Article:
World News: TomTom outbids Garmin for Tele Atlas

World News:  TomTom outbids Garmin for Tele Atlas

After being given five days to match Garmin’s €2.1 billion offer for Tele Atlas, TomTom announced that it had terminated its offer of €21.25 per ordinary share and intended to make a new cash offer of €30.00 per ordinary share, raising the value of the deal to approximately €2.9 billion.

TomTom also announced that it would purchase and acquire approximately 25.8 million ordinary shares of Tele Atlas, representing approximately 28.3% of the company’s issued share capital.

It remains to be seen whether Garmin will bow out or come back with a higher bid for a company in which its competitor is now a 28.3% shareholder and customer.

ABI Research says that this battle for Tele Atlas between Garmin and TomTom will have a powerful impact on the future of not just the portable navigation market, but a broader array of location aware services to be introduced over the next several years.

According to principal analyst Dominique Bonte, the major players in the navigation and location industry are positioning themselves to take maximum advantage of the expected boom in connected PNDs, handset-based pedestrian navigation, and LBS. Owning digital maps – one of the key assets in the industry – is considered critical to acquiring a dominant position.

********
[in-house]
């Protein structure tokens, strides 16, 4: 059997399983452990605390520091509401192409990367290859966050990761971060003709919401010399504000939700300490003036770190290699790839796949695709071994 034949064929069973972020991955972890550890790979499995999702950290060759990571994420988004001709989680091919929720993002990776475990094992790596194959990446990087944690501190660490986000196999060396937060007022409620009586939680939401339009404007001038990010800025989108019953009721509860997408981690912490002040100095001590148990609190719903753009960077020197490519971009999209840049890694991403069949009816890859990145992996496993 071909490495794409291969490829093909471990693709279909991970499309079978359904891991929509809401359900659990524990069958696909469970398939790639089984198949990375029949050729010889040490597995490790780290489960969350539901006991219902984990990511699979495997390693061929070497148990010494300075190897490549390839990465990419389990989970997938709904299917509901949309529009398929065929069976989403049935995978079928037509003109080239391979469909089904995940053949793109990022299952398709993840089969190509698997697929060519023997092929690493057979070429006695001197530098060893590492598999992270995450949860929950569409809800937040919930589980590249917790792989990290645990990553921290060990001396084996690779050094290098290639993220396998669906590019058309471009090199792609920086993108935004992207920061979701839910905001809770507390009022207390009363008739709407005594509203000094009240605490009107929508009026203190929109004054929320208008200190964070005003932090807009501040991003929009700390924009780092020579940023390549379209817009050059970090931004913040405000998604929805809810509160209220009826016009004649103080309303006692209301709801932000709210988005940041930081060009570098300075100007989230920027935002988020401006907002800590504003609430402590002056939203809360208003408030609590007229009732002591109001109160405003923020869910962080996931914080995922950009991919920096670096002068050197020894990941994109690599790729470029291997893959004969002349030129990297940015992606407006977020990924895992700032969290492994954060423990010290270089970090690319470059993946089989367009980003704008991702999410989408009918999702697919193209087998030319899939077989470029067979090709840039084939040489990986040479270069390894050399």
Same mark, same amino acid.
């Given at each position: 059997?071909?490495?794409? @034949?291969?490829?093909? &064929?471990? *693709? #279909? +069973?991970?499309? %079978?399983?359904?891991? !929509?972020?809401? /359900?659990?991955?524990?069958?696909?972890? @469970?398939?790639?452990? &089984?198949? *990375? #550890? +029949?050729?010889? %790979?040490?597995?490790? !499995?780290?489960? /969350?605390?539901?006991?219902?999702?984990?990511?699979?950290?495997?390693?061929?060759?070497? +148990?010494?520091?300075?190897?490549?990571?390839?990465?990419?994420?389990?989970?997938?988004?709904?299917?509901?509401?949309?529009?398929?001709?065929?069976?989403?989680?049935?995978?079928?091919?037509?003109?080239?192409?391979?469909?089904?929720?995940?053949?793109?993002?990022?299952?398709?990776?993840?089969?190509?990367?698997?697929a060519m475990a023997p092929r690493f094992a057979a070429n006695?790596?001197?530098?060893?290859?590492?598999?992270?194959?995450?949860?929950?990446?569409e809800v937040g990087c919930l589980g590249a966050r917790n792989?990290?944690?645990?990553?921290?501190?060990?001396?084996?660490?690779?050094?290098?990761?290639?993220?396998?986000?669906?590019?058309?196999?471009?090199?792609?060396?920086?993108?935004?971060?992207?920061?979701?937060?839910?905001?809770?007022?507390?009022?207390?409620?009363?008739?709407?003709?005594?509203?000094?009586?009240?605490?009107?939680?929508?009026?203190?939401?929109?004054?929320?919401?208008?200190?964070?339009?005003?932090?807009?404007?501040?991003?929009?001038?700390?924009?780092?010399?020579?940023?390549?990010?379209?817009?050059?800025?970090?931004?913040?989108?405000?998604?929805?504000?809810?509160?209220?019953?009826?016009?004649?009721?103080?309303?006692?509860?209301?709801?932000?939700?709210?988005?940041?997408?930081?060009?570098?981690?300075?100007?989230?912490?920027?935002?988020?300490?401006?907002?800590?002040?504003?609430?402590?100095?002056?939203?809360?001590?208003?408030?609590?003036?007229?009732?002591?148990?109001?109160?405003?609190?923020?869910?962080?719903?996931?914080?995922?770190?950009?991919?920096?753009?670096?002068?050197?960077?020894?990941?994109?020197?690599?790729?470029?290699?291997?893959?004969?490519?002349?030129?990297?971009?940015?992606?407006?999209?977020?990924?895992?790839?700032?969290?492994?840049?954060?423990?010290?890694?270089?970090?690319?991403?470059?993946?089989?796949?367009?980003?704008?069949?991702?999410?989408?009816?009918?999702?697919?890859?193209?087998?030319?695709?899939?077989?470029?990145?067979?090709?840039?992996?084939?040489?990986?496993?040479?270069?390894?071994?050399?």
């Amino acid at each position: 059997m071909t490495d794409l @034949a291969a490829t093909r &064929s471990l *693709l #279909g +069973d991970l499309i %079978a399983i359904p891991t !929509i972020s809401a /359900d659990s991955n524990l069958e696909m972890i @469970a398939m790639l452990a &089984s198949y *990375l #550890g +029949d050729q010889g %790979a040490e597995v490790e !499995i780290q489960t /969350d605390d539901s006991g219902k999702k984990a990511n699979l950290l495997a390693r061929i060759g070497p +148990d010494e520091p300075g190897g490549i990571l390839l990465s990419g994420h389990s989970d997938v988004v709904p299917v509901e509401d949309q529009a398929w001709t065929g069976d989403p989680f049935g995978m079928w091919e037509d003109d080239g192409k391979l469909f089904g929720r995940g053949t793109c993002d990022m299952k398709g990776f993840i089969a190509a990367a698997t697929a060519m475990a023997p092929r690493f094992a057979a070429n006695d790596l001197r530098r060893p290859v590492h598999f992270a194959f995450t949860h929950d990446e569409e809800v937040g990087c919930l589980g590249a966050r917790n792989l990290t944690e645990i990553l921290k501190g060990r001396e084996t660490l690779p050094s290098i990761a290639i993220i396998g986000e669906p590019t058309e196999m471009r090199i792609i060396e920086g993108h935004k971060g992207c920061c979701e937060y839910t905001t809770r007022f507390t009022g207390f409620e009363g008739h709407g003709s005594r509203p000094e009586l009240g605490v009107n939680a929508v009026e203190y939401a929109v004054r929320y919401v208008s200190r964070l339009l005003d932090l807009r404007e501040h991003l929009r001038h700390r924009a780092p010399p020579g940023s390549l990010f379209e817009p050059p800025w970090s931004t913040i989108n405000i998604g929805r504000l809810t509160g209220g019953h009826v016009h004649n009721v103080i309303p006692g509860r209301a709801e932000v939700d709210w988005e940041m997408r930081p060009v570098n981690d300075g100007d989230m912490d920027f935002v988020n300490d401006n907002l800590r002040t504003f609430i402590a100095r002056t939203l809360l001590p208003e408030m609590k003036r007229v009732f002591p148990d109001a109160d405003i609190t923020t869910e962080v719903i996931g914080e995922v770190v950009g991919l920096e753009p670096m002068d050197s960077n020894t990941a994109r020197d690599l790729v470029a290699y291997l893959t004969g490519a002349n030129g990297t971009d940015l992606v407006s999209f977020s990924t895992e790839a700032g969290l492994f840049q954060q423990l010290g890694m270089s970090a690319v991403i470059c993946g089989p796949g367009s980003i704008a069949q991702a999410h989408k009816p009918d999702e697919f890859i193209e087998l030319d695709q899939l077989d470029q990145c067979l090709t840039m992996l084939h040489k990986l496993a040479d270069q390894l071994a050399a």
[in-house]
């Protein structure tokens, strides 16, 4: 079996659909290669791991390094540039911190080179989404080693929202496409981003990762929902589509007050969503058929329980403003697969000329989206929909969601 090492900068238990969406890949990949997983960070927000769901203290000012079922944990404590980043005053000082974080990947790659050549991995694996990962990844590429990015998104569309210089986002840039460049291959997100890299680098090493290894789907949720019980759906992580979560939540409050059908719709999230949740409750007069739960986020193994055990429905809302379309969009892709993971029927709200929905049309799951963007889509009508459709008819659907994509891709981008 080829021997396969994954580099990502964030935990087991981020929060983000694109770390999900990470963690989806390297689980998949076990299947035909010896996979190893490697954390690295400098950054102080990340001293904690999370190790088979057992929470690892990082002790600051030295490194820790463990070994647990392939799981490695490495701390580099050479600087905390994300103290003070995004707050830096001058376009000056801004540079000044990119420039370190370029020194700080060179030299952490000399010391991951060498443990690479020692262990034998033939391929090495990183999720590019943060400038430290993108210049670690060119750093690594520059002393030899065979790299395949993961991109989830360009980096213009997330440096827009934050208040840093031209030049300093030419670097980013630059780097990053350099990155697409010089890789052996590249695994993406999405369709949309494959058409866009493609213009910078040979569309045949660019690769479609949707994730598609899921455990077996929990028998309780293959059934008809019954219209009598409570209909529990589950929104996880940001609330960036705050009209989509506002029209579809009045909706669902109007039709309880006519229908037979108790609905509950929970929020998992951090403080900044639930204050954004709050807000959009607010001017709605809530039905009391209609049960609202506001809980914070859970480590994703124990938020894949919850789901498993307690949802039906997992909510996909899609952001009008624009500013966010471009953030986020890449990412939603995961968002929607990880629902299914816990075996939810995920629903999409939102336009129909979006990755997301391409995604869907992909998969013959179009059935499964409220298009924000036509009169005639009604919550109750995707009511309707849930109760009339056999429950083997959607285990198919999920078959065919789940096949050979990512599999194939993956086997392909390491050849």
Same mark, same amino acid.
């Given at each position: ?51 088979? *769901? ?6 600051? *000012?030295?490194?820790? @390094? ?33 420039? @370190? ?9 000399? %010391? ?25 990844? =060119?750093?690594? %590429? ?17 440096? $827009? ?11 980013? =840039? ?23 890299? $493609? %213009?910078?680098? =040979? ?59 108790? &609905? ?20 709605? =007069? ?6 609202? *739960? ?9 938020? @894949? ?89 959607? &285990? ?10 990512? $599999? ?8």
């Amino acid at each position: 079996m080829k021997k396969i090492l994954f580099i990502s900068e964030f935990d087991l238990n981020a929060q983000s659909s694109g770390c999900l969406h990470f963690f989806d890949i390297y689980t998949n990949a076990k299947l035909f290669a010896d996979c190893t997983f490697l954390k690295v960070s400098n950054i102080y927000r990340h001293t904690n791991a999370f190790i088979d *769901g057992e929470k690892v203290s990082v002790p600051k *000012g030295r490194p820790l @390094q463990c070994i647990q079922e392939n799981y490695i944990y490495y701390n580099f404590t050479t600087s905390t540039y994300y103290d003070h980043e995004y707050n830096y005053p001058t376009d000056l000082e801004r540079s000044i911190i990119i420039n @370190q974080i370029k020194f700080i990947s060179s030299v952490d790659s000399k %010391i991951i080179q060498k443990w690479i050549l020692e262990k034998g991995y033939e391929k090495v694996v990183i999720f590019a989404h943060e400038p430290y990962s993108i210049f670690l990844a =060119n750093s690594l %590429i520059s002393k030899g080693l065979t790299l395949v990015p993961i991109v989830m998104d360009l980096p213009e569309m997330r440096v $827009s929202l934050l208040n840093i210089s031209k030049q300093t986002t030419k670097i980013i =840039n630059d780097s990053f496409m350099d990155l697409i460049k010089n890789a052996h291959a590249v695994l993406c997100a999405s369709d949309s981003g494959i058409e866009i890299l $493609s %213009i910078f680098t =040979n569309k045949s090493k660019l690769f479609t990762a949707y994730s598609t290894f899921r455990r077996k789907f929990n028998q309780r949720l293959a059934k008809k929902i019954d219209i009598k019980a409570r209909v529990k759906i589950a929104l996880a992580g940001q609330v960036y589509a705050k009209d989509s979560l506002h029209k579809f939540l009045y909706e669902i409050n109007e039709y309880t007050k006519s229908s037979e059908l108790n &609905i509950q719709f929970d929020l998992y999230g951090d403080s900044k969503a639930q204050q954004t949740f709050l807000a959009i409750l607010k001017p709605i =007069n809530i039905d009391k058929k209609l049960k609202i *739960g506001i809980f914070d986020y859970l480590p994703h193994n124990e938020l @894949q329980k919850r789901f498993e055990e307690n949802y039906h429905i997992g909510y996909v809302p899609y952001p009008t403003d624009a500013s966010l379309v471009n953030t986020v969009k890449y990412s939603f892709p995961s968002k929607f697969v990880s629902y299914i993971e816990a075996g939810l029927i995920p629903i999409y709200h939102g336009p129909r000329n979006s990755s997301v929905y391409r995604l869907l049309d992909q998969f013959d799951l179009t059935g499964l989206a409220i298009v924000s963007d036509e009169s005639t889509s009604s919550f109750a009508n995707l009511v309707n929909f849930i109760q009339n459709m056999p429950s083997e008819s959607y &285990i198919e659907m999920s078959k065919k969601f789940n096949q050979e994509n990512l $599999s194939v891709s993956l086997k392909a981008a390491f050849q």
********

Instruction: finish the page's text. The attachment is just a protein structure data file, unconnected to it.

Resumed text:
“Owning digital map technology will allow Garmin to move more quickly than its competitors (time to market is a key competitive advantage),” says Bonte. “As LBS will mainly be offered via GPS-enabled handsets, it will be interesting to see whether Garmin will enter the handset business; the company has not denied recent rumours to that effect. The recently revamped handset-based navigation software, Garmin Mobile XT, may well point in this direction.”

Research director Mike Ippoliti points out that since the markets felt Nokia paid too much for NAVTEQ, they will surely feel the same way if a bidding war for Tele Atlas continues.

“Nokia did not pay too much, but it seems far more likely the winner of Tele Atlas will have overpaid,” says Ippoliti. “More importantly, is this action from Garmin the result of a ‘we have no choice’ decision, or a well reasoned strategy for future growth? Digital map data, while important, is not the only element needed for success in the ‘location aware’ future. What are the missed opportunities from using so much capital to wrestle over map data?”


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